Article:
Title: Integrating Health Impact Assessment With Policy Process: Lessons And Experiences From Around The World.
Edited by : Monica O’Mullane
Publisher: Oxford University Press
Reviewer: Rebecca Bailey-McHale, lecturer, Faculty of Health and Social Care, University of Chester.
What was it like?
This is the first book of its kind to share global experiences of how Health Impact Assessment can be integrated into policy processes. The contents clearly set out the array of topics covered and the global contributors who range from Europe, America, Africa, Asia and Australia to name a few. Chapters 4-17 share the global experiences with examples vary and include such discussions as assessing the impact of health impact assessment in policy making by analysing the differences between two health impact assessments conducted in Northern Ireland and the Republic of Ireland. Some of the chapters e.g. chapter 8 utilise case studies to demonstrate how health impact assessment occurs in relation to the major actors in key institutions involved with health impact assessment. Chapter 14 is particularly interesting as it looks at the history of health impact assessment in Africa and examines previous projects that have impacted negatively on health and moves on to look at how there is a movement of change in health impact assessment currently. Each chapter has a similar template; it begins with a chapter introduction followed by the main body of the discussion. Each chapter ends with a conclusion and a specific chapter bibliography. There is a good use of tables and graphics. The book is easy to read and can be dipped into for relevant chapters as independent pieces without needing to read the whole book in entirety. However chapters two and three are important to read as they remind you of the fundamental issues relating to health impact assessment e.g. the determinants of health and what health impact assessment actually means in realistic terms. Some chapters offer ideas and practical solutions, others offer research recommendations for future practice. Some chapters also offer a generic learning section, keenly displayed in bulleted lists.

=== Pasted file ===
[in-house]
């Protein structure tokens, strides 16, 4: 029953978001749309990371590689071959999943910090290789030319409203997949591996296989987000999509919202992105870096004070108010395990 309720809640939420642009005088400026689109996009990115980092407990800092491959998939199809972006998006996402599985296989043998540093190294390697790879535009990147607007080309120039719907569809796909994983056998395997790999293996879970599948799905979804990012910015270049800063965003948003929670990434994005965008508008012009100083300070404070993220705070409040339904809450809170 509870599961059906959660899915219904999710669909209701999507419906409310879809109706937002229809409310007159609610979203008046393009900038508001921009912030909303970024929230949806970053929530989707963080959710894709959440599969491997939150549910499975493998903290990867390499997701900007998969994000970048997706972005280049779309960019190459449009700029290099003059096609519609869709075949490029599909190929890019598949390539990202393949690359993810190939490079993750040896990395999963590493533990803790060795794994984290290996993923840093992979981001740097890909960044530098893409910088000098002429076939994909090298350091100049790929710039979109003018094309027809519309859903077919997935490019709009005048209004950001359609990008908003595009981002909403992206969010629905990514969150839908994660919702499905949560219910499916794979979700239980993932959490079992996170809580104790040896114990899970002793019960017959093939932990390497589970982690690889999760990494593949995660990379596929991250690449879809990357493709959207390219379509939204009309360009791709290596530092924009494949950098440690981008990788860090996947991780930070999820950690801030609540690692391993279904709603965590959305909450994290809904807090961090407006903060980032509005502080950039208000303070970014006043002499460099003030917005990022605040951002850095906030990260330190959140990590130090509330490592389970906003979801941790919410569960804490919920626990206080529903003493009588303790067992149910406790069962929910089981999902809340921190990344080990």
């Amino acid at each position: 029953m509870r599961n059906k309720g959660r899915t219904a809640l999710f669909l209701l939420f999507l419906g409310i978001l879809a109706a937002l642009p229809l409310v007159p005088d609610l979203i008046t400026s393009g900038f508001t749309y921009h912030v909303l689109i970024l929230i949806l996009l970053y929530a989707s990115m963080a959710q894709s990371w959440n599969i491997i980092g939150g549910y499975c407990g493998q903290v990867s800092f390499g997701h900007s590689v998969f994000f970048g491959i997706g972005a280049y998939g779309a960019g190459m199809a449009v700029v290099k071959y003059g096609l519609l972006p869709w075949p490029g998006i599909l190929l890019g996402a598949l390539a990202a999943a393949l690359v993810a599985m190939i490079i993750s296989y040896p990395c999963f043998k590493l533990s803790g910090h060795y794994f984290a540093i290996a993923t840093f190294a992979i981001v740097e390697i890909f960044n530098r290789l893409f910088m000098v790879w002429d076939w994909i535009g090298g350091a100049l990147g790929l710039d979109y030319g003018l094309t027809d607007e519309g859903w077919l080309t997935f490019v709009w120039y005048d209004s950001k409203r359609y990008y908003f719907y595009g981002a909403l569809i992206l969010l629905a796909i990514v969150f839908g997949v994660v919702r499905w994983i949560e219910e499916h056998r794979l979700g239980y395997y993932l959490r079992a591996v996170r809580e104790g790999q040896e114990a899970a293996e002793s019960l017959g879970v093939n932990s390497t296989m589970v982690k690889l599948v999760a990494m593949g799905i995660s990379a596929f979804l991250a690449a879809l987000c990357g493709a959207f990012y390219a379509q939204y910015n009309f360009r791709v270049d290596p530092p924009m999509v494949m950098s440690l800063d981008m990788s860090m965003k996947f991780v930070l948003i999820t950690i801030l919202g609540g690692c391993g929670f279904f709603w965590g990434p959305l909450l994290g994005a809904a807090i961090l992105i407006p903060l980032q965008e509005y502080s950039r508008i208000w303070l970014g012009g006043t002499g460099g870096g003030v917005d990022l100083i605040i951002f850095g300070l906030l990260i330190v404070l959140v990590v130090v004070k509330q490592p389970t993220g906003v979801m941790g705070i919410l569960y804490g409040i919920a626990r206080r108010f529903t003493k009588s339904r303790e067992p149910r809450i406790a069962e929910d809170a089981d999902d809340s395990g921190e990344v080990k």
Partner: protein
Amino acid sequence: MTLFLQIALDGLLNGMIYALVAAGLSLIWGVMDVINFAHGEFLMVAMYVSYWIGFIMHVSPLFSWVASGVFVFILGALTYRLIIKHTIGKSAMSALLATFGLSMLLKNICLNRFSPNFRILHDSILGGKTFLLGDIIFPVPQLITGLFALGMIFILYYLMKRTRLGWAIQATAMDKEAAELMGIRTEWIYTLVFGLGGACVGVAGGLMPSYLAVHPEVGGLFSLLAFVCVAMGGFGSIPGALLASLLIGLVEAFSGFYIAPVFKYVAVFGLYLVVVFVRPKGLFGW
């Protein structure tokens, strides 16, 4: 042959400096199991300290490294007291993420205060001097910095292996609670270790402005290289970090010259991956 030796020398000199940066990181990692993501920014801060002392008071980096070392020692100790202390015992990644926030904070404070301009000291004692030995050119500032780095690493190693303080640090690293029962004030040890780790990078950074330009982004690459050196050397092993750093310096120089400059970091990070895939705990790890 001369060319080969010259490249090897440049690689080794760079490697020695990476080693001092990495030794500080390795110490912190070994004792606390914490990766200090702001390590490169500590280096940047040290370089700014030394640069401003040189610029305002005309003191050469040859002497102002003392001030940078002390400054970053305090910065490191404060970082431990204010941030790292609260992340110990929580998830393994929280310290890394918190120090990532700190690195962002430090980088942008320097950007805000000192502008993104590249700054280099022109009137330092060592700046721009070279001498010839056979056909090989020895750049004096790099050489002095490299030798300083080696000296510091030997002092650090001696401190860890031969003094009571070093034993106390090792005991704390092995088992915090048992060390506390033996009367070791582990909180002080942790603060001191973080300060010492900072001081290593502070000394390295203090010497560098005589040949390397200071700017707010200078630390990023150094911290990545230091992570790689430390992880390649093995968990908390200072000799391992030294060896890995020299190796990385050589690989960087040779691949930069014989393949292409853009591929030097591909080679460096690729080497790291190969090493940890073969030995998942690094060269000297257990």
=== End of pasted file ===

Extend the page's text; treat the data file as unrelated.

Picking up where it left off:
While this book may be viewed as a bit heavy going its practical use of real life studies, health impact assessments and their application, actually make it a really quite interesting read.
What were the highlights?
The concept of this book offers new perspectives in bringing global examples together in one book. It uses a good range of global resources from 1st world examples to 3rd world examples. The book is awarded three forewords from key people from Spain, Thailand and the U.K, all who have experience in working in health and health impact assessment and now work for their respective governments.
Strengths & weaknesses:
The book’s contributors are from mixed professional backgrounds ranging from research scientists, lecturers, health promotion managers and directors of public health, to name a few. This book makes the practical examples appealing to more than nursing professionals. At the beginning of the book there is a concise abbreviation list, however the chapters contain a lot of abbreviations so at times it is tricky to remember what they all are and so have to keep referring back to that list. The reader is offered use of a thorough index and chapter bibliographies.
Who should read it?
A whole range of professionals would find this book interesting including student nurses, public health nurses, and academics teaching public health, public health managers and policy makers.